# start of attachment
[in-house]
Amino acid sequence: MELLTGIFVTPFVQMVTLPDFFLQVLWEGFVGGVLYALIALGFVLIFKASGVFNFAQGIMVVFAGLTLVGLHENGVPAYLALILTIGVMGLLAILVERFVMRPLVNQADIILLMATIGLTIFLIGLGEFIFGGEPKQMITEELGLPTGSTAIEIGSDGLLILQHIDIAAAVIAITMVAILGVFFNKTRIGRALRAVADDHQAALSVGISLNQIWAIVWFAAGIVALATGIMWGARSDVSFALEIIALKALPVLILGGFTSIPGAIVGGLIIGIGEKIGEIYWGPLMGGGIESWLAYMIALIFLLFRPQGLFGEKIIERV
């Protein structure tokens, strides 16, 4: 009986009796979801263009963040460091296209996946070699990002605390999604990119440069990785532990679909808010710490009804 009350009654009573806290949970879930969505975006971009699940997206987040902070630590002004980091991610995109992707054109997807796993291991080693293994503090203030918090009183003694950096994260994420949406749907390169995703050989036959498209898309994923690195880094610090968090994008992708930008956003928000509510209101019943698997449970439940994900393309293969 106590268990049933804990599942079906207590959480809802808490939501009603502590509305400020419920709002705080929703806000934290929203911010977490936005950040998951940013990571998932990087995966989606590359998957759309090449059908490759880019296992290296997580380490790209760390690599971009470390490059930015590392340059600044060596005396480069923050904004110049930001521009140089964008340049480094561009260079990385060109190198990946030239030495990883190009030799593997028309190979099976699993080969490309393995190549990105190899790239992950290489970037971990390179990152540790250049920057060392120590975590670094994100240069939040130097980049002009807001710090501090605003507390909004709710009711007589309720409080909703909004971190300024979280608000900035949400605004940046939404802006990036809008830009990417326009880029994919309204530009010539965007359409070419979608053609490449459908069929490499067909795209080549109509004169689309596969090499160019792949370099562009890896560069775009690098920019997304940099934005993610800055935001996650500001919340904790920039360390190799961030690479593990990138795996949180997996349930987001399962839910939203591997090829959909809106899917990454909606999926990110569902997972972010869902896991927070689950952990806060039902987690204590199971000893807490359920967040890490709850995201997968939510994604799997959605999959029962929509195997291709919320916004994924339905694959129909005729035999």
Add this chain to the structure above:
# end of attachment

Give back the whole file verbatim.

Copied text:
[in-house]
Amino acid sequence: MELLTGIFVTPFVQMVTLPDFFLQVLWEGFVGGVLYALIALGFVLIFKASGVFNFAQGIMVVFAGLTLVGLHENGVPAYLALILTIGVMGLLAILVERFVMRPLVNQADIILLMATIGLTIFLIGLGEFIFGGEPKQMITEELGLPTGSTAIEIGSDGLLILQHIDIAAAVIAITMVAILGVFFNKTRIGRALRAVADDHQAALSVGISLNQIWAIVWFAAGIVALATGIMWGARSDVSFALEIIALKALPVLILGGFTSIPGAIVGGLIIGIGEKIGEIYWGPLMGGGIESWLAYMIALIFLLFRPQGLFGEKIIERV
């Protein structure tokens, strides 16, 4: 009986009796979801263009963040460091296209996946070699990002605390999604990119440069990785532990679909808010710490009804 009350009654009573806290949970879930969505975006971009699940997206987040902070630590002004980091991610995109992707054109997807796993291991080693293994503090203030918090009183003694950096994260994420949406749907390169995703050989036959498209898309994923690195880094610090968090994008992708930008956003928000509510209101019943698997449970439940994900393309293969 106590268990049933804990599942079906207590959480809802808490939501009603502590509305400020419920709002705080929703806000934290929203911010977490936005950040998951940013990571998932990087995966989606590359998957759309090449059908490759880019296992290296997580380490790209760390690599971009470390490059930015590392340059600044060596005396480069923050904004110049930001521009140089964008340049480094561009260079990385060109190198990946030239030495990883190009030799593997028309190979099976699993080969490309393995190549990105190899790239992950290489970037971990390179990152540790250049920057060392120590975590670094994100240069939040130097980049002009807001710090501090605003507390909004709710009711007589309720409080909703909004971190300024979280608000900035949400605004940046939404802006990036809008830009990417326009880029994919309204530009010539965007359409070419979608053609490449459908069929490499067909795209080549109509004169689309596969090499160019792949370099562009890896560069775009690098920019997304940099934005993610800055935001996650500001919340904790920039360390190799961030690479593990990138795996949180997996349930987001399962839910939203591997090829959909809106899917990454909606999926990110569902997972972010869902896991927070689950952990806060039902987690204590199971000893807490359920967040890490709850995201997968939510994604799997959605999959029962929509195997291709919320916004994924339905694959129909005729035999």
Add this chain to the structure above: